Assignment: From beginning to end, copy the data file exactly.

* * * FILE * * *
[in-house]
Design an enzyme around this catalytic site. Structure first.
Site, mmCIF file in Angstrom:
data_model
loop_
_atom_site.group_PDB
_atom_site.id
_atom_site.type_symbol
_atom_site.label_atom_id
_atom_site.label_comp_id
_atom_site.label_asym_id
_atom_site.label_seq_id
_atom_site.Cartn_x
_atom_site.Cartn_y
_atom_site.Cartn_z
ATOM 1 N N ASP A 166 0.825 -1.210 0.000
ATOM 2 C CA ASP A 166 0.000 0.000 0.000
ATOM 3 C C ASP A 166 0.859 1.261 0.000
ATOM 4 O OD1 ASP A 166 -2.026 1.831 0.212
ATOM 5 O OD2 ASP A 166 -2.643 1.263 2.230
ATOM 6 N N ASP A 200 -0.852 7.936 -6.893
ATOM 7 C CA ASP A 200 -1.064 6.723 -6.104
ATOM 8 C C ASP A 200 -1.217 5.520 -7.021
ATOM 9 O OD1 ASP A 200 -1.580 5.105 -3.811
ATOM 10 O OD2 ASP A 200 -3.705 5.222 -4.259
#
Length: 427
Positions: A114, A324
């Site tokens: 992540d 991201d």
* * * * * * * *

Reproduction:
[in-house]
Design an enzyme around this catalytic site. Structure first.
Site, mmCIF file in Angstrom:
data_model
loop_
_atom_site.group_PDB
_atom_site.id
_atom_site.type_symbol
_atom_site.label_atom_id
_atom_site.label_comp_id
_atom_site.label_asym_id
_atom_site.label_seq_id
_atom_site.Cartn_x
_atom_site.Cartn_y
_atom_site.Cartn_z
ATOM 1 N N ASP A 166 0.825 -1.210 0.000
ATOM 2 C CA ASP A 166 0.000 0.000 0.000
ATOM 3 C C ASP A 166 0.859 1.261 0.000
ATOM 4 O OD1 ASP A 166 -2.026 1.831 0.212
ATOM 5 O OD2 ASP A 166 -2.643 1.263 2.230
ATOM 6 N N ASP A 200 -0.852 7.936 -6.893
ATOM 7 C CA ASP A 200 -1.064 6.723 -6.104
ATOM 8 C C ASP A 200 -1.217 5.520 -7.021
ATOM 9 O OD1 ASP A 200 -1.580 5.105 -3.811
ATOM 10 O OD2 ASP A 200 -3.705 5.222 -4.259
#
Length: 427
Positions: A114, A324
């Site tokens: 992540d 991201d």